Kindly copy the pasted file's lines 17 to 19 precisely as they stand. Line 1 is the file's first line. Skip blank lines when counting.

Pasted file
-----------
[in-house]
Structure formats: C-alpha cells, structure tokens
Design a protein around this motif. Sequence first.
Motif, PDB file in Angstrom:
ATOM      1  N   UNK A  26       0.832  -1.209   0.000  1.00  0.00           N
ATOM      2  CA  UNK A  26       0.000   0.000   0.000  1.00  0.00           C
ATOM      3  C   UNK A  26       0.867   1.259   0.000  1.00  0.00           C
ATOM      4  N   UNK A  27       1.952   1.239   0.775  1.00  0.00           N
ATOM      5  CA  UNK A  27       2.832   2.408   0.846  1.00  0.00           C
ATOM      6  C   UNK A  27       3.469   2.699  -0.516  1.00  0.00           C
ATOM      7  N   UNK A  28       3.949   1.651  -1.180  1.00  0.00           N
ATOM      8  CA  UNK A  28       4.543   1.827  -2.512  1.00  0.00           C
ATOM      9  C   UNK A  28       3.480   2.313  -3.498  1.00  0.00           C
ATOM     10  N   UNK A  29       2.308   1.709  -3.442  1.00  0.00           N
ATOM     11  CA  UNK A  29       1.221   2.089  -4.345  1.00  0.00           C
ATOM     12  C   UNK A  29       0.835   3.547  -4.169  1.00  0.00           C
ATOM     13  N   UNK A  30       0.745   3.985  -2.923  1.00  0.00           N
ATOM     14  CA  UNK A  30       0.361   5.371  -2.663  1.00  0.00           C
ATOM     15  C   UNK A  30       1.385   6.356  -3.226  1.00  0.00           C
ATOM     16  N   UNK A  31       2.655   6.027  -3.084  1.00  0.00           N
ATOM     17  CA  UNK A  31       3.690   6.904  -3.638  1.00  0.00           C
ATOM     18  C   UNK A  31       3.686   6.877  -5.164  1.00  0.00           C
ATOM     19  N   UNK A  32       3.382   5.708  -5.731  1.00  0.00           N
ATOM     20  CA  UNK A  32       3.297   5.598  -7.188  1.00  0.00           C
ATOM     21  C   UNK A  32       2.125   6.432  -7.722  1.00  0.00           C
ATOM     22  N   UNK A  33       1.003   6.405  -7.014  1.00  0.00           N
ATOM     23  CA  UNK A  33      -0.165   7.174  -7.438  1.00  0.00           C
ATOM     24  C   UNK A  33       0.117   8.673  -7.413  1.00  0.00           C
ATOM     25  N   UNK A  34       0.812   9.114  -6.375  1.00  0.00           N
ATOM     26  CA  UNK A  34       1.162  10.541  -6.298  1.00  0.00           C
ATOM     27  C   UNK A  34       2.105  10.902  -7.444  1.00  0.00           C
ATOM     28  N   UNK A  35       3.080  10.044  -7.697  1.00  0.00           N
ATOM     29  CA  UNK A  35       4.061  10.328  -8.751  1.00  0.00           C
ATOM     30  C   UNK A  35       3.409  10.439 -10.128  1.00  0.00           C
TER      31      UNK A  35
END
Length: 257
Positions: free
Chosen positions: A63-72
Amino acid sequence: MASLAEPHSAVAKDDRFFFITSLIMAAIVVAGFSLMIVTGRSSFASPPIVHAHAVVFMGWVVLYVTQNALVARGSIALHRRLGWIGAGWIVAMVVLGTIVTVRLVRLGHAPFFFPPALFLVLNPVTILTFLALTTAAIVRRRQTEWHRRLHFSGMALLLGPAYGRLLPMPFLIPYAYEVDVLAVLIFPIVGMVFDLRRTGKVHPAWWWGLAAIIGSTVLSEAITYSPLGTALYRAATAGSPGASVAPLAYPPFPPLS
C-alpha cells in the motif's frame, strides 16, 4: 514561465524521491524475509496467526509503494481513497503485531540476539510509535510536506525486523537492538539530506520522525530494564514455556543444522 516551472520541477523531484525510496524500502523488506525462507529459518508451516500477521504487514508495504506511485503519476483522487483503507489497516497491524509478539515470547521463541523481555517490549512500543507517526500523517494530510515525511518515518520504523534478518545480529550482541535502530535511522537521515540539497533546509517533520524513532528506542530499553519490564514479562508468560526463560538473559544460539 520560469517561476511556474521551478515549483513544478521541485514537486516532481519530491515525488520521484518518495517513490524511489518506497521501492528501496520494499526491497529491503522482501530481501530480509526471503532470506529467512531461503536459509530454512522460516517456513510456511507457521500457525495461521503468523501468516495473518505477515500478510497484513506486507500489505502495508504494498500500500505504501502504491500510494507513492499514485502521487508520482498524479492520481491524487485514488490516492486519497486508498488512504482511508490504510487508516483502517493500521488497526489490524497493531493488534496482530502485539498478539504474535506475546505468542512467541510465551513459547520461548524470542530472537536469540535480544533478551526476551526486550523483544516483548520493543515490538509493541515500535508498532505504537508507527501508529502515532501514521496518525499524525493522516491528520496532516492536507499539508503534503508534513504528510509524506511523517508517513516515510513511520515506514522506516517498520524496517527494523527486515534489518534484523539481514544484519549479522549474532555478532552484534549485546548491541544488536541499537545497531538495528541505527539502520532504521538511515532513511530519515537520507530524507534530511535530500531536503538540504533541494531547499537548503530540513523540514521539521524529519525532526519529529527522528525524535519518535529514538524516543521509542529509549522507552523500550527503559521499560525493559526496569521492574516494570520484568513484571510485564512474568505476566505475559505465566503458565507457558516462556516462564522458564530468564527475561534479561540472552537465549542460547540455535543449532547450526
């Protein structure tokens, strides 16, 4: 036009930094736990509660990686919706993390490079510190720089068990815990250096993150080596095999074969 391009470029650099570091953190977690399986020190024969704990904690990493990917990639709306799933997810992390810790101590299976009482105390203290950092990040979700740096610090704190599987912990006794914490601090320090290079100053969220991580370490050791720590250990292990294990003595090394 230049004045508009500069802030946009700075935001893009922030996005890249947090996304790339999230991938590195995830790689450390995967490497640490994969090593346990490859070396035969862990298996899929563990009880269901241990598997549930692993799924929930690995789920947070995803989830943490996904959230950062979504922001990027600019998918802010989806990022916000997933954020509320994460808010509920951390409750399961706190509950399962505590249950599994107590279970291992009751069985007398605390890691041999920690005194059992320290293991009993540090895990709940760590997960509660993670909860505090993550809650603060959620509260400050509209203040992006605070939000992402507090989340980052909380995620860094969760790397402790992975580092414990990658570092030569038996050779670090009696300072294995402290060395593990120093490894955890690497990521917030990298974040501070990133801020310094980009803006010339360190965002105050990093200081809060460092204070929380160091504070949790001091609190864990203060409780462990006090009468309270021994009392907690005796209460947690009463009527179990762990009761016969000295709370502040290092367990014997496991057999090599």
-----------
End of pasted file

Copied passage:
ATOM     13  N   UNK A  30       0.745   3.985  -2.923  1.00  0.00           N
ATOM     14  CA  UNK A  30       0.361   5.371  -2.663  1.00  0.00           C
ATOM     15  C   UNK A  30       1.385   6.356  -3.226  1.00  0.00           C